The poster artist for the IBC this year is Mississippi State University professor Brent Funderburk who seems to draw a lot of inspiration from ballet and dance.  There are two opportunities to see his watercolors in Jackson right now.  There is a group of paintings in the mezzanine area at Thalia Mara Hall where the IBC is taking place.  There is also a group of paintings and drawings at Bryant Galleries. His vibrant watercolors are a mix of surrealism and non-objective abstraction with hints of east Asian influence.  Fruit transforms into celestial beings, while empty paint tubes seem to take on human personas.  This is most evident in the painting "Today" which seems to represent the crucifixion of Christ.  There is a faint nimbus behind the "head" of the center tube that may be difficult to see in the image below.  

Funderburk's drawings, however, seem to have a different influence.  They are much more reminiscent of the Russian Suprematism work of Kazimir Malevich, or the Italian Futurists.   

Another must see show in conjunction with the IBC is Celestial Bodies/Infernal Souls: Photography by Lois Greenfield.  These stunning photographs at the Arts Center of Mississippi are of dancers captured in mid-air and mid-stride displaying the pinnacle of the capabilities of the human body.  

Pears #2

Winter Into Spring

Goodbye Red


Still Light


Lois Greenfield

Tuesday, May 25, 2010

Vogel Collection at the MS Museum of Art

There is an amazing story on display at the MS Museum of Art right now.  I say that because the story of the Herb and Dorothy Vogel collection is just as grand as the collection itself.  This couple of moderate means (he was a postal worker and she a librarian) began collecting art after they were married in 1962, and slowly and methodically began to fill their one-bedroom Manhattan apartment with art.  They built up a collection of around 4,000 pieces over the years and recently donated the work to the National Gallery in Washington D.C.  In a documentary playing at the exhibition, Dorothy said that with the two of them being civil servants felt that they were merely "caretakers" of the work and donating it the National Gallery was their way of giving it back to the people of the United States.  The National Gallery was only able to take about 1000 pieces so a program was set up to distribute the work throughout the country.  It is called 50 Works for 50 States and the MS Museum of Art is the recipient of 50 pieces for their permanent collection.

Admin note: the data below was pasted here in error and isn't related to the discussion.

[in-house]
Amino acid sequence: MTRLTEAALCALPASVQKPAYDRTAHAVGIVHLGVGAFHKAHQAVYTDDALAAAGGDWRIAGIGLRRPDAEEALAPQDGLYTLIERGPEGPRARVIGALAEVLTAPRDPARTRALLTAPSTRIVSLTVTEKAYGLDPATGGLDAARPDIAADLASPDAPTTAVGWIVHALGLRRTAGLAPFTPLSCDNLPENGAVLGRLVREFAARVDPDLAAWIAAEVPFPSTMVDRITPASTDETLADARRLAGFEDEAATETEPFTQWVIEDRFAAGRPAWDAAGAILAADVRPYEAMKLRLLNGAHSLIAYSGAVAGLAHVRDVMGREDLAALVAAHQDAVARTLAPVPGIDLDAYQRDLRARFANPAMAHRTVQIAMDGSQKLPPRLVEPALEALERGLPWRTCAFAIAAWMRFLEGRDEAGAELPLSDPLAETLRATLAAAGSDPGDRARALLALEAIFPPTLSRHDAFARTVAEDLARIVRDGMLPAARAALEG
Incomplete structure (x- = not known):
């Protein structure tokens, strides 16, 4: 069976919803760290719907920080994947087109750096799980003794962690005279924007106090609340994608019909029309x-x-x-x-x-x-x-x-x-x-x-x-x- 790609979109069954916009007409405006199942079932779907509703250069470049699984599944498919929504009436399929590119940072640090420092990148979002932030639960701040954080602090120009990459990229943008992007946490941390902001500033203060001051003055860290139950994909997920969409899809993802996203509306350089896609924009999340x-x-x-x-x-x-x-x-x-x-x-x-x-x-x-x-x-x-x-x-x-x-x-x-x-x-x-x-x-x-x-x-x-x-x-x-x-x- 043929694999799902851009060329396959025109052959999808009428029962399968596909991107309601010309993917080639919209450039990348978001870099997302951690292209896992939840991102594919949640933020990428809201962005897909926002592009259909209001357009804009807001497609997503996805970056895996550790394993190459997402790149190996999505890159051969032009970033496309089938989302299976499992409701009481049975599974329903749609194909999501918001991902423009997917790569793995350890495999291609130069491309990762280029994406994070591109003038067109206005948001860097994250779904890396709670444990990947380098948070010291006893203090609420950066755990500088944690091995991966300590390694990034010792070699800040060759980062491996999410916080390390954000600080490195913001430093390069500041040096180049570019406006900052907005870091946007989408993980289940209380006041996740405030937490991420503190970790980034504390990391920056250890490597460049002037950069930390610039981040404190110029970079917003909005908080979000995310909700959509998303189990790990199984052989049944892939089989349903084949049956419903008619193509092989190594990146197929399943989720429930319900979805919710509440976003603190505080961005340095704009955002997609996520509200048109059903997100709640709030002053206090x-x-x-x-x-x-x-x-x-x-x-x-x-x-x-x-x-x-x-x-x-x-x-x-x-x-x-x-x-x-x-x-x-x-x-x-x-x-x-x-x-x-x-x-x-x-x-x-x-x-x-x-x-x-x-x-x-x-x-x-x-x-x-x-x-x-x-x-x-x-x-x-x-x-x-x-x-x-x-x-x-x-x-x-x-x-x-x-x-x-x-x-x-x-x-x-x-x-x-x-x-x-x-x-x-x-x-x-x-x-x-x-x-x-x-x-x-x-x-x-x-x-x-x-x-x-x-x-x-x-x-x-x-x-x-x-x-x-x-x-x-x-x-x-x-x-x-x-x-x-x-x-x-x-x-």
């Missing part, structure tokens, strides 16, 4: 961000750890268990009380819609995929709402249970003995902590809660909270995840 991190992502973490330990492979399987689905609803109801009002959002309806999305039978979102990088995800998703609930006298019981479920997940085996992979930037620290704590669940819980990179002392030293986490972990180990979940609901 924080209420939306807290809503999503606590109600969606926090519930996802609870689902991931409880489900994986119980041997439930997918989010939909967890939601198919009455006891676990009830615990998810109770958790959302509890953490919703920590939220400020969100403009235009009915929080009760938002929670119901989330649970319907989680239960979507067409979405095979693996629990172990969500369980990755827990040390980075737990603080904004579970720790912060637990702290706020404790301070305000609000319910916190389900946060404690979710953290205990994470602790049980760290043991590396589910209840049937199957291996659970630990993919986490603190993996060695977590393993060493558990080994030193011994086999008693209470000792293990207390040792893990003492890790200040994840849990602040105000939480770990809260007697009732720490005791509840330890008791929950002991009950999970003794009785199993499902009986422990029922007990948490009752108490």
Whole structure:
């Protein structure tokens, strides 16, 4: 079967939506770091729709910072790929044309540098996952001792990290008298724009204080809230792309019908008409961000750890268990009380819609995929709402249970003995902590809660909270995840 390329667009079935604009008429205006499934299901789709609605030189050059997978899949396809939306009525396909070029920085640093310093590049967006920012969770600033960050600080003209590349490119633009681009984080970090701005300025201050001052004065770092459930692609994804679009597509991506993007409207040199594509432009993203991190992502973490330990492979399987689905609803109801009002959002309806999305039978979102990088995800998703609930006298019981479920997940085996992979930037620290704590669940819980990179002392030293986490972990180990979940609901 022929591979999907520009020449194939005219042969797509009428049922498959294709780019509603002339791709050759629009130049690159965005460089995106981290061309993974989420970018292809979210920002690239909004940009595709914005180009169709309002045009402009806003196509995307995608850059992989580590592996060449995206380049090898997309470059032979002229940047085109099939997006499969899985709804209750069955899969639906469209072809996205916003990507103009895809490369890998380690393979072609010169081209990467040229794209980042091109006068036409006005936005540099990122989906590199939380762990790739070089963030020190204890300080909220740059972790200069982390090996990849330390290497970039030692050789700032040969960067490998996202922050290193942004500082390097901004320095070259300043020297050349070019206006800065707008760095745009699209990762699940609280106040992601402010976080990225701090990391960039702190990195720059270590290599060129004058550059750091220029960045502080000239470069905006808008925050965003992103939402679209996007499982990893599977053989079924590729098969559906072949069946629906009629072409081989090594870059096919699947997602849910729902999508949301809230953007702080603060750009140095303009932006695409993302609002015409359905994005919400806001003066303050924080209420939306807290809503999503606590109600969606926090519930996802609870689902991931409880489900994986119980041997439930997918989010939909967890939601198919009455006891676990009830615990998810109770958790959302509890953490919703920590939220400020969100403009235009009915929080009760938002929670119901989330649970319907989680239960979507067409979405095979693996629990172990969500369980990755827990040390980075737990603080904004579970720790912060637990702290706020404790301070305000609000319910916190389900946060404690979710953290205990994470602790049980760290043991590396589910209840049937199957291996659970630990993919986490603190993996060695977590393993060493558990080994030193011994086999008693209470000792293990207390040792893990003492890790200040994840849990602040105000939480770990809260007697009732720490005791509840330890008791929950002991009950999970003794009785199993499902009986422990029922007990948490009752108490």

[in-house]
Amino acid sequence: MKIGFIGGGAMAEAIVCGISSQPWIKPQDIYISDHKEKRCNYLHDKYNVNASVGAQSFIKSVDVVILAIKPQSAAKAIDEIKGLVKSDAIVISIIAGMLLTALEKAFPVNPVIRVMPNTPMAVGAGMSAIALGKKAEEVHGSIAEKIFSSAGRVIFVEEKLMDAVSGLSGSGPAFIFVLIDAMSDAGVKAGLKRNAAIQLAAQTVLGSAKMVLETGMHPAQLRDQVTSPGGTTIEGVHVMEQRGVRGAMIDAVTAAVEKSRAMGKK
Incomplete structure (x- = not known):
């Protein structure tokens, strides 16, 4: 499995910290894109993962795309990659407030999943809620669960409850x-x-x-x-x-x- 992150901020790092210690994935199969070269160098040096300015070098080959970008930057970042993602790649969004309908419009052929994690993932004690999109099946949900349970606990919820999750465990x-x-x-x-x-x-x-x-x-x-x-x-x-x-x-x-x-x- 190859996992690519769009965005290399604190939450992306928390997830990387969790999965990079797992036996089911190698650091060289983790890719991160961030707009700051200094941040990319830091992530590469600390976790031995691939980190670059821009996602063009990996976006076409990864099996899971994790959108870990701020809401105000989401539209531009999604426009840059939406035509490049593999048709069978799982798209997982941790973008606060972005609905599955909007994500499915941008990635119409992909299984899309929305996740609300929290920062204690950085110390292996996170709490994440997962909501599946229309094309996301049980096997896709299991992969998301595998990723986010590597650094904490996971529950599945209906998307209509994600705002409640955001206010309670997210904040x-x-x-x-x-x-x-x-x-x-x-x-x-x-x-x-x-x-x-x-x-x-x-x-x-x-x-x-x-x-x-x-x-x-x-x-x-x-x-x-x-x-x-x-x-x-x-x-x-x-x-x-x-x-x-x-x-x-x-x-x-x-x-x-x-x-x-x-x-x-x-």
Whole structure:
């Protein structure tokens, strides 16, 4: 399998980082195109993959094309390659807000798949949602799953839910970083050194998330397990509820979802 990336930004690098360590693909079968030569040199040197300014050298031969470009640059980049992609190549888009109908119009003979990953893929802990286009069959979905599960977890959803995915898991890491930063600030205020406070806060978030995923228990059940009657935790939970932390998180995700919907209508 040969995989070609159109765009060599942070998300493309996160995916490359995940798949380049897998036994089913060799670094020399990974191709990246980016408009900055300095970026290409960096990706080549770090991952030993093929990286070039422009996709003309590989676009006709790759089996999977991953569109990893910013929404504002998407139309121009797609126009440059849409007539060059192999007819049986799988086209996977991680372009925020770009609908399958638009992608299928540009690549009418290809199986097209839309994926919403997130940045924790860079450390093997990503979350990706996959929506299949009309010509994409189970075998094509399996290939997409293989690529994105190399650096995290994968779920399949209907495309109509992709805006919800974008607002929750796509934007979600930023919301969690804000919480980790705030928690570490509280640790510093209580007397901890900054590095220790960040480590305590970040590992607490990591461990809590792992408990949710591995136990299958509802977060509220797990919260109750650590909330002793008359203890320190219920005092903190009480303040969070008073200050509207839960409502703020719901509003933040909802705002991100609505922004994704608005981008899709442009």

The approach they took to collecting art is nothing short of remarkable.  In the documentary they were described as eccentric, compulsive, and obsessive.  The collection became a concept in and of itself.  Nothing was ever sold.  Their apartment was filled to the ceiling (with some work hanging from the ceiling).  They bought work because they believed in the artist as much as they appreciated the work itself, so many artists were represented thoroughly in the collection.  One person that stands out as being well represented in the selection given to the MS Museum of Art is the artist Richard Tuttle.  Here is where some people may have difficulty in appreciating the collection.  Tuttle was an early Minimalist artist of the '60s. His work is often very minimal.  In the documentary, Herb mentions that when they began collecting work that Pop art was the prominent New York style, but Minimalism was new, experimental, and vanguard.  In other words it was much more reasonably priced and therefore the collection has a large number of Minimalist pieces.  In an interview with Charlie Rose, the Vogels were asked what a particular Tuttle piece "signifies", and their response was "it doesn't have to signify anything, it's a visual thing".  If you do have difficulty appreciating Minimalist art, keep in mind what Becky Hendrick says in her book Getting It; that "there are only two requirements for appreciating art: we need to look at art objectively and without prejudice; and we need enough information about art's relationship to history and culture to support our non-judgemental explorations."

According to the book After Modern Art 1945-2000, by David Hopkins, the term Minimalism was rejected by many of the early practitioners.  Donald Judd, one of the primary artists of this movement is said to have felt that the term connoted a reductionist view, as though they were "attempting to reach an essential core."  He felt that one shouldn't focus on what was missing from the work when "works such as his were kept uncomplicated precisely in order to isolate specific and positive qualities."